an ink supply source positioned upstream of and connected to said ink supply path for supplying ink through said ink supply path.
2. The ink jet print head of claim 1, wherein said print head includes a head chip portion, and an ink supply portion;
said head chip portion having said plural nozzles, said plural individual flow paths, and said common liquid chamber; and
said ink supply portion having said ink supply path; and
wherein said head chip portion and said ink supply portion are joined together, thereby connecting said ink supply path to said opening portion of said common liquid chamber.
3. The ink jet print head of claim 1, wherein
said ink supply path has a pipe-like shape, and is directly connected to said opening portion of said common liquid chamber.
4. The ink jet print head of claim 1, wherein
said common liquid chamber is formed as a chamber elongating in an arrangement direction of said nozzles, and
a direction of an ink flow in said common liquid chamber is different from a direction of an ink flow in said ink supply path.
5. The ink jet print head of claim 4, wherein
a largest sectional area of said common liquid chamber is four or less times the sectional area of said ink supply path, said section being perpendicular to the ink flow in said common liquid chamber.
6. The ink jet print head of claim 1, wherein
a part or all of the individual flow paths corresponding to said dummy nozzles have a lower flow resistance.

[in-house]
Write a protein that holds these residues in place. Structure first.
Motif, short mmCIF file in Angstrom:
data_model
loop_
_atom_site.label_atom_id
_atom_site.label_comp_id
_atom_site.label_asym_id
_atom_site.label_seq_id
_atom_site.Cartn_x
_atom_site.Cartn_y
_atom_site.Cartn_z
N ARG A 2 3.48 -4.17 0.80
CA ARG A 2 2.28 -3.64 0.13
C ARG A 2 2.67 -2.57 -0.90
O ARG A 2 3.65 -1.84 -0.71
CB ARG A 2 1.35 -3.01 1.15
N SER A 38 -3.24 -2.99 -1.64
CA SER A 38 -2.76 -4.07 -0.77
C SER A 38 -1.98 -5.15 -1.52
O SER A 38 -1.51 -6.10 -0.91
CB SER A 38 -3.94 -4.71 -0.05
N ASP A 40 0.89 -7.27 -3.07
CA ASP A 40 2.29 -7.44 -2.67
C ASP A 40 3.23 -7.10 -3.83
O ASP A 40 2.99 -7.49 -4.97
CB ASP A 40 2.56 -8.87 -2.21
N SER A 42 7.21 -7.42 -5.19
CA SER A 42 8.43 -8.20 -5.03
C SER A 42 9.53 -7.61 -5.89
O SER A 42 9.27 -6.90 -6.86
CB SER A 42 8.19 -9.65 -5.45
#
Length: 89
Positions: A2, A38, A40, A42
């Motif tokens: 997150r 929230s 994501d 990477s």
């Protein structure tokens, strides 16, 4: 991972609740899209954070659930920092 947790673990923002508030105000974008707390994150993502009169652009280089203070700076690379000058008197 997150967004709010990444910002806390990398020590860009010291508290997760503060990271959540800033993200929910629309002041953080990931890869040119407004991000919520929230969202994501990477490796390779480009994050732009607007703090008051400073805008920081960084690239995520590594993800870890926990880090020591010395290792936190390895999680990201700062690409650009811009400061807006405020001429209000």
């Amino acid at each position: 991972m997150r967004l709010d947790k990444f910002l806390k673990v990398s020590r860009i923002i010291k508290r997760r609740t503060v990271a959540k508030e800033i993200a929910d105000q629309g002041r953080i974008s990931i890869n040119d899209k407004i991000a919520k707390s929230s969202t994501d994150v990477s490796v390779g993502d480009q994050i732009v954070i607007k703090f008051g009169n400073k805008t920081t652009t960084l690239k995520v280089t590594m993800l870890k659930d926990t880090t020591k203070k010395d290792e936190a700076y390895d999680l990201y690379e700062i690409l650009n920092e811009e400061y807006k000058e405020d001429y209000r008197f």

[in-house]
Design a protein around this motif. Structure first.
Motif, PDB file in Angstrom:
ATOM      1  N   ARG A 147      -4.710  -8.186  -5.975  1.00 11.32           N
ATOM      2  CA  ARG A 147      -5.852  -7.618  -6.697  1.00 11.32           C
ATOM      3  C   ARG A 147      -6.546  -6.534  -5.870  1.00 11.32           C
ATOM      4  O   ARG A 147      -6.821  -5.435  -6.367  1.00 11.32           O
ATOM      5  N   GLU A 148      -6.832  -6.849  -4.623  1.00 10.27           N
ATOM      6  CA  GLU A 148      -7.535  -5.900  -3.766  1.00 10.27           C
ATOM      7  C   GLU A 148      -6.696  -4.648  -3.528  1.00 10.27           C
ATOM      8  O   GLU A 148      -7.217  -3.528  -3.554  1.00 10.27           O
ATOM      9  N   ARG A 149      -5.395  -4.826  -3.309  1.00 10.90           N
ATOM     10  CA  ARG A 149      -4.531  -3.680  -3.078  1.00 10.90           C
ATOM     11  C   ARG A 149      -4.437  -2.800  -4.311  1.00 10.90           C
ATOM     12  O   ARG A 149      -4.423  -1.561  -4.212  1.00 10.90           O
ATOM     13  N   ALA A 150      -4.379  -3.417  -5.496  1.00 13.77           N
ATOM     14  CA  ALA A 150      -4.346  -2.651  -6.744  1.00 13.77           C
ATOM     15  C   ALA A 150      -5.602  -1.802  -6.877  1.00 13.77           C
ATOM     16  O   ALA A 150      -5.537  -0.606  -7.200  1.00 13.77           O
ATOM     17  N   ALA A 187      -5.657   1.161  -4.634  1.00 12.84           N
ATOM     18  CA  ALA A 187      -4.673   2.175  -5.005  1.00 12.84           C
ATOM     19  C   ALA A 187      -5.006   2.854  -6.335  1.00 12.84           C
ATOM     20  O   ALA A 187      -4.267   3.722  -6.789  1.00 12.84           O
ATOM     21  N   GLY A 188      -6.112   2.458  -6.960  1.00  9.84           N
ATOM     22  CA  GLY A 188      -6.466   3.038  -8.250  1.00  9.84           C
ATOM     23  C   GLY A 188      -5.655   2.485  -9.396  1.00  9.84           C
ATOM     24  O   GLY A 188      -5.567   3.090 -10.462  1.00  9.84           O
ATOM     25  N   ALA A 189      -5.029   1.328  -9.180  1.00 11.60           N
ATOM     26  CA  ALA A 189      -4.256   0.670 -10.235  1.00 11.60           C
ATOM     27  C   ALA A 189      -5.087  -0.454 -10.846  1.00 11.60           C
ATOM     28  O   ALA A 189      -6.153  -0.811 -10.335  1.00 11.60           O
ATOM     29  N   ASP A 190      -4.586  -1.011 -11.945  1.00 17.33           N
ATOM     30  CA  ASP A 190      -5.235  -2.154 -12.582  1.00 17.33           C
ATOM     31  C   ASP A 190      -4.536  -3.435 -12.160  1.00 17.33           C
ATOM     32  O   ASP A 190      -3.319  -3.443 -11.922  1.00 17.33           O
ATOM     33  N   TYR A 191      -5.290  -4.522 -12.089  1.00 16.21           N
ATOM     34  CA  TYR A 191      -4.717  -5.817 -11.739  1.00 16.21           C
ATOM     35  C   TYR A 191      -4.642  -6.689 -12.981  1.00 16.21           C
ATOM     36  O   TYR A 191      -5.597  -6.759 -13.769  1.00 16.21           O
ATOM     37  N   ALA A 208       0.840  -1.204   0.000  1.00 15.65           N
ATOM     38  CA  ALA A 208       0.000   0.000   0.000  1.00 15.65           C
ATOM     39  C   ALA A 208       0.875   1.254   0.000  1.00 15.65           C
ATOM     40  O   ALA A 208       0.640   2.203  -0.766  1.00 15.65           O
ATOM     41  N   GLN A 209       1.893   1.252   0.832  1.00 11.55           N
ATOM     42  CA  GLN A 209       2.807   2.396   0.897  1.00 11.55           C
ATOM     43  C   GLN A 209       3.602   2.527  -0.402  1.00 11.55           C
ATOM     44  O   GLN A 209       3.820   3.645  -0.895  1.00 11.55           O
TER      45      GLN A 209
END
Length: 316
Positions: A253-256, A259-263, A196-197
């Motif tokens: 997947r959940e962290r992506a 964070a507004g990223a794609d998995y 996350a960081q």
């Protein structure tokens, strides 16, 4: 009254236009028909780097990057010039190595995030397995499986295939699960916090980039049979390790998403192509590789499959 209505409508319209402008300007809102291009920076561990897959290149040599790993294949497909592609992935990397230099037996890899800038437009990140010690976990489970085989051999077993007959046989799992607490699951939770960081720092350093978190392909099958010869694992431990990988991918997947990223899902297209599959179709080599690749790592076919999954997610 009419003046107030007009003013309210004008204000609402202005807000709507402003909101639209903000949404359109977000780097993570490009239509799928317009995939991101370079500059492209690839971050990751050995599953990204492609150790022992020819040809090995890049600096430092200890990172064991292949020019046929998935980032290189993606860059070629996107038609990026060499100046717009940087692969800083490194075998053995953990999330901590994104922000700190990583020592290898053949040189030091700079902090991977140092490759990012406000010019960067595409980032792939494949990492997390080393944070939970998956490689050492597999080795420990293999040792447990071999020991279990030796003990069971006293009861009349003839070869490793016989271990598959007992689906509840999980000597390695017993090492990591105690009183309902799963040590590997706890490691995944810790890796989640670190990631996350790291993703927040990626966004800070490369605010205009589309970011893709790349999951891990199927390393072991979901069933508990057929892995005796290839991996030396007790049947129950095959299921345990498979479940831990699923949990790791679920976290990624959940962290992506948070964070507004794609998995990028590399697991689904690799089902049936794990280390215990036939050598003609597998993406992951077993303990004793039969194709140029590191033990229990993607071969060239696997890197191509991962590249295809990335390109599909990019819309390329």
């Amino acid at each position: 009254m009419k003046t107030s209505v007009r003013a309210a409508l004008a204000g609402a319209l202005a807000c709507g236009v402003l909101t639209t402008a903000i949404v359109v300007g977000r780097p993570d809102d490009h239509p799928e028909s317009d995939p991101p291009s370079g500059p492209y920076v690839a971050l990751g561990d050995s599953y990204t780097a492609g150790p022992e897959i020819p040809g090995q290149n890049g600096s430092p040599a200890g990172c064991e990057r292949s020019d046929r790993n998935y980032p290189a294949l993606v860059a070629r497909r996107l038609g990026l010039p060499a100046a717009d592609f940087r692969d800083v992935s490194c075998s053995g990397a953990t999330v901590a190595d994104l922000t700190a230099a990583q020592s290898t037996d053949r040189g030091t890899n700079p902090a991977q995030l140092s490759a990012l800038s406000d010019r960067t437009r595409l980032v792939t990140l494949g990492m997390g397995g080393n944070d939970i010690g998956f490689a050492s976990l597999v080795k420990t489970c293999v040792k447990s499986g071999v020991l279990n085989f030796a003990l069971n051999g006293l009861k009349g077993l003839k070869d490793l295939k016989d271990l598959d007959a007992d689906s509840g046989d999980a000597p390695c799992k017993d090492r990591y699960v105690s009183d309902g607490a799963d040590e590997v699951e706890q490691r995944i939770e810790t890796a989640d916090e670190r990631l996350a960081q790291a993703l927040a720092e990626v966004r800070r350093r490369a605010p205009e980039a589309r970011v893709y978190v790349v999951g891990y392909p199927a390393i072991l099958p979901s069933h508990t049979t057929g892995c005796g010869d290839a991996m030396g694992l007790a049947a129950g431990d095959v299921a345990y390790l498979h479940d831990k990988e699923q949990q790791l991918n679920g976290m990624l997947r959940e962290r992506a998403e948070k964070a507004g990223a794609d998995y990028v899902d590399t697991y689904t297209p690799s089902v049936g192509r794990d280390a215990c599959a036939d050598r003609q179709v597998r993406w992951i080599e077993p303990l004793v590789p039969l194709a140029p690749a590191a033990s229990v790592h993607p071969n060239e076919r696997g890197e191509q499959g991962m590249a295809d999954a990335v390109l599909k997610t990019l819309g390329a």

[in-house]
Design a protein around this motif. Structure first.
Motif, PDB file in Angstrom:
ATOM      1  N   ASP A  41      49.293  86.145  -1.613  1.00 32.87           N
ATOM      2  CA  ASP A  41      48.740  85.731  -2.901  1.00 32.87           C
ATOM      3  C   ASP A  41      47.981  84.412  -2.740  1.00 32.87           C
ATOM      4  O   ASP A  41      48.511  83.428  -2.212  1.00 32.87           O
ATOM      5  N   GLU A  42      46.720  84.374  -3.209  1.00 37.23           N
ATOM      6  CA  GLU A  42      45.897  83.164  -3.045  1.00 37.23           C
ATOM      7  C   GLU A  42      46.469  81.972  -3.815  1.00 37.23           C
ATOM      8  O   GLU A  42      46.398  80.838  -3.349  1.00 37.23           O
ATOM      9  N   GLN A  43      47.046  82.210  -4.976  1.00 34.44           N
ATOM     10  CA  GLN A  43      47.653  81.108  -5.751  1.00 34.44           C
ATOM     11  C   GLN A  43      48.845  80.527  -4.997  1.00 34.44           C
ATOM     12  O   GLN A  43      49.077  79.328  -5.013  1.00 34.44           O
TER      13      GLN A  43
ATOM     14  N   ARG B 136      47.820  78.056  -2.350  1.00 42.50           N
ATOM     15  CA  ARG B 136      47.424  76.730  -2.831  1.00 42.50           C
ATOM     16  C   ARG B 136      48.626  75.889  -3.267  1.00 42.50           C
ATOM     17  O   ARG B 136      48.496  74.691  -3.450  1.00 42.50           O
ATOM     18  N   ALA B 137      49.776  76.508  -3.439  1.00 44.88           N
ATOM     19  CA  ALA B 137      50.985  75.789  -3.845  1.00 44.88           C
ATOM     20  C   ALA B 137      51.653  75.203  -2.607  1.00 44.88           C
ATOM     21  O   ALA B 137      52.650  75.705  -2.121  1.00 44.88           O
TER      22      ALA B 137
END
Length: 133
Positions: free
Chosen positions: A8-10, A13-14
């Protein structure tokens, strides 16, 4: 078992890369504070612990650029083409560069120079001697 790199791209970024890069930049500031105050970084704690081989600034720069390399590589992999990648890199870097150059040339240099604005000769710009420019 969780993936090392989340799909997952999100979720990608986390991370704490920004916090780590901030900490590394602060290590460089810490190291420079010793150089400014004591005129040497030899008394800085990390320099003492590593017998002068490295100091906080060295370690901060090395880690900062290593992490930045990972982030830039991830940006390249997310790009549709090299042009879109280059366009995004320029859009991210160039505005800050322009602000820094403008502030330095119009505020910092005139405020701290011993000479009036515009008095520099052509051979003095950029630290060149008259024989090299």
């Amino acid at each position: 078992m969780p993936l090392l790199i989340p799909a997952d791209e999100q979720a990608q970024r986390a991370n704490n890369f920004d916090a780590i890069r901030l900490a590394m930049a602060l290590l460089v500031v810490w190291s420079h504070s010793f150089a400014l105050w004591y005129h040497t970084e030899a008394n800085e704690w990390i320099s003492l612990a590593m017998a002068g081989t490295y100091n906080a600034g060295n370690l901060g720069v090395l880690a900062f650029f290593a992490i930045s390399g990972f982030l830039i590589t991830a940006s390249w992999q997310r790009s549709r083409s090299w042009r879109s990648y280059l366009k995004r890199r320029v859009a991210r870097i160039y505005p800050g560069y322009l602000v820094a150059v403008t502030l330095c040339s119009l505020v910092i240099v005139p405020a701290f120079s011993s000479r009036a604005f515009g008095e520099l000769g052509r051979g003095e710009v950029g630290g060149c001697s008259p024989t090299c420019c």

7. The ink jet print head of claim 1, wherein
ejection ports of said dummy nozzles are larger in size.
8. The ink jet print head of claim 1, wherein
said ink supply path is slantly connected to said opening portion of said common liquid chamber.
Description
BACKGROUND OF THE INVENTION

The invention relates to an ink jet printer and an ink jet print head which comprise plural driving elements for ejecting ink, plural individual flow paths respectively corresponding to the nozzles, ejection ports corresponding to the flow paths, and a common liquid chamber for supplying ink to the individual flow paths, and in which ink is supplied to the common liquid chamber through an ink supply path.

Conventionally, as typical examples of an ink jet print head used in an ink jet printer, known are a piezoelectric ink jet print head in which a pressure chamber is mechanically deformed by a piezoelectric material and ink is ejected through an ink ejection port by the resulting pressure, and a thermal ink jet print head in which a heater disposed in the vicinity of an ink flow path is energized to evaporate ink and ink is ejected through an ink ejection port by the pressure produced by the evaporation.

FIG. 17 is a perspective view showing the vicinity of a head chip and an ink supply member in an example of an ink jet print head of the prior art, and FIG. 18 is a section view taken along a line A. In the figures, 1 designates a head chip, 2 designates nozzles, 3 designates individual flow paths, 4 designates heating elements, 5 designates a common liquid chamber, 6 designates a heat sink, 7 designates a circuit board, 8 designates bonding wires, 9 designates a sealant, 10 designates air bubbles, 11 designates an ink supply member, 12 designates an ink supply device, and 13 designates an ink flow pipe. FIGS. 17 and 18 show a thermal ink jet print head.